Using this practice, I founded Beytna Design (Beytna means “our home” in Arabic) three years ago to support mission-driven leaders to design and redesign systems for equity. We do this by building leaders’ capacity to amplify their innate creativity and deepen their equity consciousness. Ultimately, we’re working to support leaders to align their impact with their intention. Alongside other innovative practitioners, we are building the Equity Design movement to radically change both the social impact and design fields to be equity-centric.

We live in a nation where racism and inequity were designed—and we need brave new leadership to redesign systems for equity.”

—Tania Anaissie, Obama Foundation Community Leadership Corps Facilitator

Q: Can you tell us a little bit more about the approach you take when you work with Community Leadership Corps participants?

A: Certainly! Our strategy is based on the belief that people can solve their own problems under the right conditions, so our role is to help create those conditions. The approach is centered in storytelling and focuses on giving leaders just enough instruction to catalyze action while also helping them step into their own power.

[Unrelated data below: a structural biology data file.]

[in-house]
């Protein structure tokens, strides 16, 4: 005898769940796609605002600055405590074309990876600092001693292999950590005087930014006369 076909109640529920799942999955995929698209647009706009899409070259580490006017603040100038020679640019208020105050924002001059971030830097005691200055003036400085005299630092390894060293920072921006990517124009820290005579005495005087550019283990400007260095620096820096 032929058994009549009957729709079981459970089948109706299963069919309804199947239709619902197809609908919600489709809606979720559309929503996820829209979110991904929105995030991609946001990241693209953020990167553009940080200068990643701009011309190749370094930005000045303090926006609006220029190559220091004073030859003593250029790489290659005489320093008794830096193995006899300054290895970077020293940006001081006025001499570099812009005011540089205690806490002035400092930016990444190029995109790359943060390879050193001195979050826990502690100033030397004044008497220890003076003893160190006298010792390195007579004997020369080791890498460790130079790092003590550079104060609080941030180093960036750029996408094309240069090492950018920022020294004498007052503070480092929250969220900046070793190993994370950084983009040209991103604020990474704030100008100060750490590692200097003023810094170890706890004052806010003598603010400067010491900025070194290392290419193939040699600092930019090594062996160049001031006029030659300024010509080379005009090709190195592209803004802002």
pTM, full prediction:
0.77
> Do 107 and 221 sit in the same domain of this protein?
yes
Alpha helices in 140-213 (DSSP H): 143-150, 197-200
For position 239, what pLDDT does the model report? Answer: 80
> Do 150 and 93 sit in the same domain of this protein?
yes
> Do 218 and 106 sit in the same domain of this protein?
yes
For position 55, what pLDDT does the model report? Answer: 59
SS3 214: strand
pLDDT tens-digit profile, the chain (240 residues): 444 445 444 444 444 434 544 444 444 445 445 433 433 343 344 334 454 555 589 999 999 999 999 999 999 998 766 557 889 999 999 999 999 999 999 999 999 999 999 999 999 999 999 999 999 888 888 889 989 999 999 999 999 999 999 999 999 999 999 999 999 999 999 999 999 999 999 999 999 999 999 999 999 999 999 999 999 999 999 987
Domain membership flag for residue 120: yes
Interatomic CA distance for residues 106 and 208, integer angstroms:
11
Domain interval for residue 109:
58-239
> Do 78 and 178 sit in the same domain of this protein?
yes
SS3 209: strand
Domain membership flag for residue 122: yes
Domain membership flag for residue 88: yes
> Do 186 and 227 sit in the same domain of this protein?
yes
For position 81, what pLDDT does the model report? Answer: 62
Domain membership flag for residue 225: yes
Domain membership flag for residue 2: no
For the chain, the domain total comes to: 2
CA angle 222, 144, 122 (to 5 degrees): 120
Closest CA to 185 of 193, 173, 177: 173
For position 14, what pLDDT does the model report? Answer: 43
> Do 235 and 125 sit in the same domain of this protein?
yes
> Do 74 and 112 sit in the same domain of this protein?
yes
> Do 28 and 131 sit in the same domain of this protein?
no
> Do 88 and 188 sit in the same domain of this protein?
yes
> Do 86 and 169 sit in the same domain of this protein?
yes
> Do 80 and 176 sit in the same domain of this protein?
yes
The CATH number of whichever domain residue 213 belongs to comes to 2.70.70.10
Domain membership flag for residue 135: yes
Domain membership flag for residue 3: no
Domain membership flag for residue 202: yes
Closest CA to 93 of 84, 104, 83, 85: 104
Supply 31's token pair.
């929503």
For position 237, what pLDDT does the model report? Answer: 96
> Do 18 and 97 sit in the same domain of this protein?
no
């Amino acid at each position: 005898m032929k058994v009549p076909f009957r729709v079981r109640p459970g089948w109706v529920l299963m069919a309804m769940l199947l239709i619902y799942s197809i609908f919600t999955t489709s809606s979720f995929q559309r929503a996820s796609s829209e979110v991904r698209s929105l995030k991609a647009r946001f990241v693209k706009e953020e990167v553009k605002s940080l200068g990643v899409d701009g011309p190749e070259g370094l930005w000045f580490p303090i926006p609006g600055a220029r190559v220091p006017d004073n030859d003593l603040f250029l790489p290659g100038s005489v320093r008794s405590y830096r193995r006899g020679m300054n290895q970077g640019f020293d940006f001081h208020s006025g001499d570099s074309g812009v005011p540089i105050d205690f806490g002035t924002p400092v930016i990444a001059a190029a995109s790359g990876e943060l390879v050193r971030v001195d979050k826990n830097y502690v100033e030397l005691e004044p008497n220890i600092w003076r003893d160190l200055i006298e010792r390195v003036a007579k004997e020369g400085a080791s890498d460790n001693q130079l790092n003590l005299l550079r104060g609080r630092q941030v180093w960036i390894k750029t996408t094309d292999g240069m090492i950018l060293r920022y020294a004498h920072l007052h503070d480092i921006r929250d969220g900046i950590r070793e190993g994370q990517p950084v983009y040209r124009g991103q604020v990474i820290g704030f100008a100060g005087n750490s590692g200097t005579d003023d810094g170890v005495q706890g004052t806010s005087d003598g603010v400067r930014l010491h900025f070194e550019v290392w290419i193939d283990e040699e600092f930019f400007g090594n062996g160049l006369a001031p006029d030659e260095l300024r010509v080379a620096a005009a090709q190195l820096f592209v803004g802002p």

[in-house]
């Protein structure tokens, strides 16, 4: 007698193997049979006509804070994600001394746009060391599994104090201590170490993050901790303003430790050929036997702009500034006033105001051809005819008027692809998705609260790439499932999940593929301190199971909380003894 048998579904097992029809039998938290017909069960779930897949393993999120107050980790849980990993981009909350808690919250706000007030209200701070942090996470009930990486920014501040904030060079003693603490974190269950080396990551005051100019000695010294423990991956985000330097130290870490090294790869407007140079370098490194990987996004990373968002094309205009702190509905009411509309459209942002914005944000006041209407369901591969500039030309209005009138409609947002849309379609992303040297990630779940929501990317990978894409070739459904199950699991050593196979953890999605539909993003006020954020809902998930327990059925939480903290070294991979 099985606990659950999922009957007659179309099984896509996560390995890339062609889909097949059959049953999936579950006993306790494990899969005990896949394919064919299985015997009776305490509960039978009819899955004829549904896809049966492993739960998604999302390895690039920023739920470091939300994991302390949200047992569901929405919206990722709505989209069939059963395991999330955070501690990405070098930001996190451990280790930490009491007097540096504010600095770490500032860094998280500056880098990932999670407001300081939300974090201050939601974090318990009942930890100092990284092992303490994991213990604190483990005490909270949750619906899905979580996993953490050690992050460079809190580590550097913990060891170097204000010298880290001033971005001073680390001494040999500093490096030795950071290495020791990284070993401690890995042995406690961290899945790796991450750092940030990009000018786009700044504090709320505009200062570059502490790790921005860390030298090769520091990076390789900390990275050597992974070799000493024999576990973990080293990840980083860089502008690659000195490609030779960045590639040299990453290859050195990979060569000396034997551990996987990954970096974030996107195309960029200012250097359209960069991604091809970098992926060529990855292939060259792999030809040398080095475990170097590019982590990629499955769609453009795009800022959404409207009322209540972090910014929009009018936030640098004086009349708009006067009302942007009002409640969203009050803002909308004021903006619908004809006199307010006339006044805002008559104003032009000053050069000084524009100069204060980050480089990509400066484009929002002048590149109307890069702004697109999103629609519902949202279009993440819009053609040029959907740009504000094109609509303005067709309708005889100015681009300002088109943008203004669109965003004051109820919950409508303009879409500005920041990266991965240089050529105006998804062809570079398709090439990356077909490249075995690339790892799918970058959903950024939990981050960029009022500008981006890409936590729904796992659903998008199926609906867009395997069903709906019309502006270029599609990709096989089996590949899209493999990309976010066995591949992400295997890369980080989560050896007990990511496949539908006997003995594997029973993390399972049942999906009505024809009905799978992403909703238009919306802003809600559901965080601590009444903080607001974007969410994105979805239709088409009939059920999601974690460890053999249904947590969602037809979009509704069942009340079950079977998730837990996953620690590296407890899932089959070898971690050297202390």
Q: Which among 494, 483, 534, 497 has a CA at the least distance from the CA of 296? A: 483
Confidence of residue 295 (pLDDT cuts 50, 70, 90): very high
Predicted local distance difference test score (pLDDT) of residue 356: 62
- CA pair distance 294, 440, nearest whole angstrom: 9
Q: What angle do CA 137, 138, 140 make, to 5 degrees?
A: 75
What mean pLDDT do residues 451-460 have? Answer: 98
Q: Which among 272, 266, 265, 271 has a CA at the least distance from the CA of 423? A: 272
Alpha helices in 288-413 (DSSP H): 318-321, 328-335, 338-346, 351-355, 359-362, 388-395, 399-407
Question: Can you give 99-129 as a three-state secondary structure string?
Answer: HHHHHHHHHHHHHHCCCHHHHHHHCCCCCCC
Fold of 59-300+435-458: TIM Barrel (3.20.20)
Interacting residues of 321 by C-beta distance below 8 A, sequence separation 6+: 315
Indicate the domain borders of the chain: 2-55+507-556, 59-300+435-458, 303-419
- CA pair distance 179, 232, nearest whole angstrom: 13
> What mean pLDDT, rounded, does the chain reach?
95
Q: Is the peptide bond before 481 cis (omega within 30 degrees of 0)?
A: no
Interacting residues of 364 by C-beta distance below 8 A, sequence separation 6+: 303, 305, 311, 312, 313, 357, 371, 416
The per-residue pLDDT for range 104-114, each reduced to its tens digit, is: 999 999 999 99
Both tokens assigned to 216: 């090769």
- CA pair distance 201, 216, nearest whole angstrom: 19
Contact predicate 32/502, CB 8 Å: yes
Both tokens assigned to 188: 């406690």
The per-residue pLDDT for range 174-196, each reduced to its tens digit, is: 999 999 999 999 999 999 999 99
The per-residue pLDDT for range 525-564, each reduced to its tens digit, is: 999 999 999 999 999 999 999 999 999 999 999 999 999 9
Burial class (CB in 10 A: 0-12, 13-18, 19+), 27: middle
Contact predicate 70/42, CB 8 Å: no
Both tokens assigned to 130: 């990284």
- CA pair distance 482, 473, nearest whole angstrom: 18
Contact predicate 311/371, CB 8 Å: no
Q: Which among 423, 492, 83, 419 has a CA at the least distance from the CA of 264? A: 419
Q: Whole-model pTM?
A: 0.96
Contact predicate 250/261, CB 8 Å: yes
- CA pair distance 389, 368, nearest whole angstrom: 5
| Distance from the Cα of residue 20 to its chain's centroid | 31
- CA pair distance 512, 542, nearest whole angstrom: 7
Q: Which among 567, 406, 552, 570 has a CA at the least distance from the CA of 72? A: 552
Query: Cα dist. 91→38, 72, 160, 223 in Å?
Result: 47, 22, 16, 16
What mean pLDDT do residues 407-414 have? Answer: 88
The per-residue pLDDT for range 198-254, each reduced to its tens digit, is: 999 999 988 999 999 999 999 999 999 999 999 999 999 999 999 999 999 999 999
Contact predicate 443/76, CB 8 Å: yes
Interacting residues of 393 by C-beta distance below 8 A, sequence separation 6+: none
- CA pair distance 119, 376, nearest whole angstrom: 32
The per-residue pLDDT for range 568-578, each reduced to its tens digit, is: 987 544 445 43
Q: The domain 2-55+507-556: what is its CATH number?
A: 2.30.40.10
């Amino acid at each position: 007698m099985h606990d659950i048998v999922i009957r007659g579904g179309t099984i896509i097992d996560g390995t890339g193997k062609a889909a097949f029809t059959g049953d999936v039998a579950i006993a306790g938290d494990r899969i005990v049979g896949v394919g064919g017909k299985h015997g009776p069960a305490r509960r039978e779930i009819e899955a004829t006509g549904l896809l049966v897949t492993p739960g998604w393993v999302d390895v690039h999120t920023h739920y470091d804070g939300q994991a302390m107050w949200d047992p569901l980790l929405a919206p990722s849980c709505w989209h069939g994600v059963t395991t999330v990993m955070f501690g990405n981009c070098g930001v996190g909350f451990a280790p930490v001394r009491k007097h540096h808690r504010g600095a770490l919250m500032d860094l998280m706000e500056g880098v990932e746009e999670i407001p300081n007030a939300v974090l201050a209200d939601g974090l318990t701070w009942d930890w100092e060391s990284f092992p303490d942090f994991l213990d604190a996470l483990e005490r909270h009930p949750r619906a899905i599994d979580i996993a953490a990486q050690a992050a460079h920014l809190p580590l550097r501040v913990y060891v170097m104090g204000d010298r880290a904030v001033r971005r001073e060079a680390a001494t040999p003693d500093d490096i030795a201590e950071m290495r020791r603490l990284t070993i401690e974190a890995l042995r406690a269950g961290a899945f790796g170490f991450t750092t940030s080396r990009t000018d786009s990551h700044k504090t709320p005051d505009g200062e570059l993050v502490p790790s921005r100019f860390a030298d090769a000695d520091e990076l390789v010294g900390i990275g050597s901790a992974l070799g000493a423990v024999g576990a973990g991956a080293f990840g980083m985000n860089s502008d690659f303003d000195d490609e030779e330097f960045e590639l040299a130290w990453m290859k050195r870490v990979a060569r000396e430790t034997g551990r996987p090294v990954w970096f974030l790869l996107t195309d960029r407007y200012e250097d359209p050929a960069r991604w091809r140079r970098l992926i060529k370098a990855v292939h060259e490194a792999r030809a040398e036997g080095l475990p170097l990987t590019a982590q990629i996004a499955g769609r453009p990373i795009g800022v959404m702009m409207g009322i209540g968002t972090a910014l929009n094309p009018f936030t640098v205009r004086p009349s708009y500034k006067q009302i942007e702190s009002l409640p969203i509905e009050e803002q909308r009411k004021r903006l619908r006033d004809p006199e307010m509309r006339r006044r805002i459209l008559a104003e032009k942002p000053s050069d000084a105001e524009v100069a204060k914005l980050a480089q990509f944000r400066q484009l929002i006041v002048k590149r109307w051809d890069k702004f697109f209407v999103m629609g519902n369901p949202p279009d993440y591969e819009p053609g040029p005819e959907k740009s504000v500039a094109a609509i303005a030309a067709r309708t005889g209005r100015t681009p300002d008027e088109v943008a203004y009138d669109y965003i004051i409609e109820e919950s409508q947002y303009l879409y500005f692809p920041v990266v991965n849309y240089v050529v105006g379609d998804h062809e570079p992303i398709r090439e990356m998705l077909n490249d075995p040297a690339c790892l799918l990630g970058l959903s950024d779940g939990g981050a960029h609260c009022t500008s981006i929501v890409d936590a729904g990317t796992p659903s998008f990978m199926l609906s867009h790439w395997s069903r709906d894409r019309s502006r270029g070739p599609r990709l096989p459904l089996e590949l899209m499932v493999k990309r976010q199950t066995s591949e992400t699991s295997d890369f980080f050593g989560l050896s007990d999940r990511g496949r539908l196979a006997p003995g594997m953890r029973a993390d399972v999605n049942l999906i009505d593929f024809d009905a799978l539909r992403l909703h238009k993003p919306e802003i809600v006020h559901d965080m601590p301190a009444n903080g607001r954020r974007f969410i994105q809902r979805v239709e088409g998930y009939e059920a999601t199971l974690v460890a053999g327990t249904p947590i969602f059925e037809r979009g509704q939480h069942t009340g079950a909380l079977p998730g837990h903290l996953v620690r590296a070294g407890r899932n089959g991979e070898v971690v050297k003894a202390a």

After the first few weeks of the Community Leadership Corps, leaders start seeing themselves as designers who understand that inequity was created by design and, thus, can be redesigned. We encourage them to use their lived experience as a source of power and to approach the community in which they work with humility, respect, and curiosity.

In between trainings, participants are co-designing with their community to determine the direction of their project. For example, in Hartford this year, a group interviewed community members about mental health. They learned that youth of historically oppressed backgrounds might not believe that mental health impacts their families or may not know how to approach seeking mental health support. So the team began narrowing down who was impacted and what specific barriers they faced, and used those insights to guide their project work.

Seeing the team take such a massive challenge like mental health and break it down into local and focused issues highlighted how effectively they were translating learnings from the training into action. It was a powerful moment, and it gave me goosebumps!